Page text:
Survey shows broad support for Iraq war
ST. LOUIS, Missouri – America being a vast country with a 281-million population of diverse racial roots and political persuasions, there are bound to be varied perceptions among them of why and how the US campaign against terrorism is being waged.Seven Asian journalists participating in a project of the State department were exposed Monday to this diversity on the opening day in Washington, DC, of a two-week program titled “United States Engagement in the Post-September 11 World.”
Terry Blatt, chief of the East Asia/Pacific branch of the Office of International Visitors at the State department, said in her welcome remarks that while Americans are individuals so jealous of their rights and privacy, they are always guided by a sense of community.
From the time of the westward pioneers, who set out not as one-wagon adventurers but in caravans pushing on together, to the 9/11 terror bombing of the twin towers in New York, she said Americans think and move as communities.
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CONTRASTS CITED: Beneath the sense of community, her boss Nan Bell (chief of the Grant Programs Division) advised us to note the contrasts and diversity when we journey to other places and meet average Americans where they live and work.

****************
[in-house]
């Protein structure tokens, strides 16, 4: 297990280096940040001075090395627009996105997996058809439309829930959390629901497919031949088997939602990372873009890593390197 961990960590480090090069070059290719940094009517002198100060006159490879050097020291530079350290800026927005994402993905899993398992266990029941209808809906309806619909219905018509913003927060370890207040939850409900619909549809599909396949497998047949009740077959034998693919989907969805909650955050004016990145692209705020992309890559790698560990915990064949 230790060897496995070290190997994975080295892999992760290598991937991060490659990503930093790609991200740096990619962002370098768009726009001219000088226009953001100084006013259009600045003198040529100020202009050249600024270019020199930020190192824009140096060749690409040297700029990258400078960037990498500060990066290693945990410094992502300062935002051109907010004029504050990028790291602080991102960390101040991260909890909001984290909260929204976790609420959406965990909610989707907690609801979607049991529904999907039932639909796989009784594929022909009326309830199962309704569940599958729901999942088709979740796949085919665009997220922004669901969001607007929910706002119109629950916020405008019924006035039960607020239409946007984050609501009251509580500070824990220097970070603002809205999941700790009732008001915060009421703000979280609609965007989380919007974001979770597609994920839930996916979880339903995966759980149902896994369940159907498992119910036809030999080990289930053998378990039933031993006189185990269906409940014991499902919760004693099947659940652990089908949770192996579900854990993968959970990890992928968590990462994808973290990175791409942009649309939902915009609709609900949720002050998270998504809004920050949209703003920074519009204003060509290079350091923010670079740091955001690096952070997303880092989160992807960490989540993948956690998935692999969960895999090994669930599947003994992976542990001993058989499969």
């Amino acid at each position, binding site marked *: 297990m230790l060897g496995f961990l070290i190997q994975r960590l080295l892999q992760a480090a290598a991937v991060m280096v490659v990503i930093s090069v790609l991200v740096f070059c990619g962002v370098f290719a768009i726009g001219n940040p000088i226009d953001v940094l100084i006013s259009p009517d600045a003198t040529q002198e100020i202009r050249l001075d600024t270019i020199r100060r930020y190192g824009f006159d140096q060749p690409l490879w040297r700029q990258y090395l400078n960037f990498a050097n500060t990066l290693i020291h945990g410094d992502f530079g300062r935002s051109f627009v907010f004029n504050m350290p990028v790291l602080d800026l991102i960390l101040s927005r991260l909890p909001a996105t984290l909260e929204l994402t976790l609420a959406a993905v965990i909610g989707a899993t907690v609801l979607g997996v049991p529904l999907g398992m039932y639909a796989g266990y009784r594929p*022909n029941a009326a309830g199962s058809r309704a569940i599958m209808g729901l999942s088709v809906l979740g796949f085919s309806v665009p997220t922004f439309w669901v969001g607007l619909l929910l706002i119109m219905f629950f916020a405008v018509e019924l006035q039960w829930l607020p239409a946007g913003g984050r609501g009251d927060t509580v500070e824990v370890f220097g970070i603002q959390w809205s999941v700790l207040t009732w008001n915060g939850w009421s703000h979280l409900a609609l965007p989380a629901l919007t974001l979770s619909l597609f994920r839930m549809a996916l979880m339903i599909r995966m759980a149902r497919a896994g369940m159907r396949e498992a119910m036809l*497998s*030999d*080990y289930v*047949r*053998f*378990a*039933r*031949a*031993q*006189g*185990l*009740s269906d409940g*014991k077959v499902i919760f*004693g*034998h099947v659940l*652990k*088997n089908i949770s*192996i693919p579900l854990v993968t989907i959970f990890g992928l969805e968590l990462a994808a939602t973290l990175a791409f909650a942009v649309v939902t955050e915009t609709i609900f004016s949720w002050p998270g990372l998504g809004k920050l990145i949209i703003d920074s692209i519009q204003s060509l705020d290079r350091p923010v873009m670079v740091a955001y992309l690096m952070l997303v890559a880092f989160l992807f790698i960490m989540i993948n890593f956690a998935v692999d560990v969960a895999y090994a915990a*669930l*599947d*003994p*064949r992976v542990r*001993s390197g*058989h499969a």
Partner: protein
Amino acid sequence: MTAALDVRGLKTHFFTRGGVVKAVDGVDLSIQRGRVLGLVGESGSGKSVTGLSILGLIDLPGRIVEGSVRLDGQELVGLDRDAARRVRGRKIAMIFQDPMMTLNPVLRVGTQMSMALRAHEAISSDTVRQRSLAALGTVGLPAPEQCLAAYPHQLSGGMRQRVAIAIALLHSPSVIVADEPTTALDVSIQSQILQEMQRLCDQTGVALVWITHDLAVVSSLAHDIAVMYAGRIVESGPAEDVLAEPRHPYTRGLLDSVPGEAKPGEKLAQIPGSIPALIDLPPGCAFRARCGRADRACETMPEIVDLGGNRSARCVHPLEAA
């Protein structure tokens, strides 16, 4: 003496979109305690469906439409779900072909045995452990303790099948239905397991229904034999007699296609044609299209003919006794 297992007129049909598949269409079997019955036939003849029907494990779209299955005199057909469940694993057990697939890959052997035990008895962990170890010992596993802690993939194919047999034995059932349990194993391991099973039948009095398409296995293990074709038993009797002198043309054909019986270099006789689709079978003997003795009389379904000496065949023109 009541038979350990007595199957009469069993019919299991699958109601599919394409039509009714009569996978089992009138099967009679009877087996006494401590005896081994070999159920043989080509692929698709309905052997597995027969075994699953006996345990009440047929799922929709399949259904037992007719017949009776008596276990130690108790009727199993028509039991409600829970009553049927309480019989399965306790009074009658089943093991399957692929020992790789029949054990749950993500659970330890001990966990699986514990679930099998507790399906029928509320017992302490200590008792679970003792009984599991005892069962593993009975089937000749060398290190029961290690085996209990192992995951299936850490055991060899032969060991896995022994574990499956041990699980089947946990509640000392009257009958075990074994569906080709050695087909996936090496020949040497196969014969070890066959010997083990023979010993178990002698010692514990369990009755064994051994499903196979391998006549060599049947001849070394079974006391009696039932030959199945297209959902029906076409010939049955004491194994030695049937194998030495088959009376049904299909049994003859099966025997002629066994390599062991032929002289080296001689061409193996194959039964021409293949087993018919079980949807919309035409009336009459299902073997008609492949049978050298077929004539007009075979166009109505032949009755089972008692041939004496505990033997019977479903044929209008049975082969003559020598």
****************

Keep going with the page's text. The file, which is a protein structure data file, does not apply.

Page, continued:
Aside from St. Louis, we are to visit the cities of Oklahoma and New York, ground zero where once stood the proud World Trade Center towers as symbol of the economic dominance of America.
Offering the best of big-time culture and small-town warmth, St. Louis sprawled on the western bluffs of the Mississippi river is the Gateway to the West, a role it accentuates with a 630-foot stainless steel welcome arch.
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SURVEY FINDINGS: Back in DC also last Monday, Dr. Steven Kull, director of the Center for Policy Attitudes, presented in an exchange with us at the Foreign Press Club the findings of their latest nationwide PIPA/Knowledge Networks survey.
Their poll showed that most Americans (68 percent) approve of the decision to go to war with Iraq. President George W. Bush got an approval rating of 74 percent for showing “strong leadership” in dealing with the Iraq situation.
Kull said the poll showed 58 percent of respondents believing that “as a result of having won the war with Iraq…President Bush is…in a stronger position to resolve the Israeli-Palestinian conflict.”
The same survey showed, however, that despite the success of the war, only about half say they approve of the decision itself, as opposed to supporting the President.
The poll involved a nationwide sample of 1,265 respondents May 14-18. The margin of error was plus or minus 3-4 percent, depending on whether the question was administered to the whole sample or half the sample.
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SHIFTING MAJORITY: A majority (57 percent) of those polled said they believed that Iraq did have weapons of mass destruction at the beginning of the war, while 38 percent believed Iraq did not (18 percent) or were not sure (20 percent).
Among those who said they believed that Iraq did not have weapons of mass destruction, 84 percent believed that the administration was being misleading, rather than assuming that the administration simply made a mistake.
Even among those who were unsure about whether Iraq had such weapons, 56 percent believed that the administration was being misleading.
Kull said this suggested that if weapons were not found, and Americans became less certain that Iraq had such weapons, the percentage saying that the administration was being misleading could well become a majority.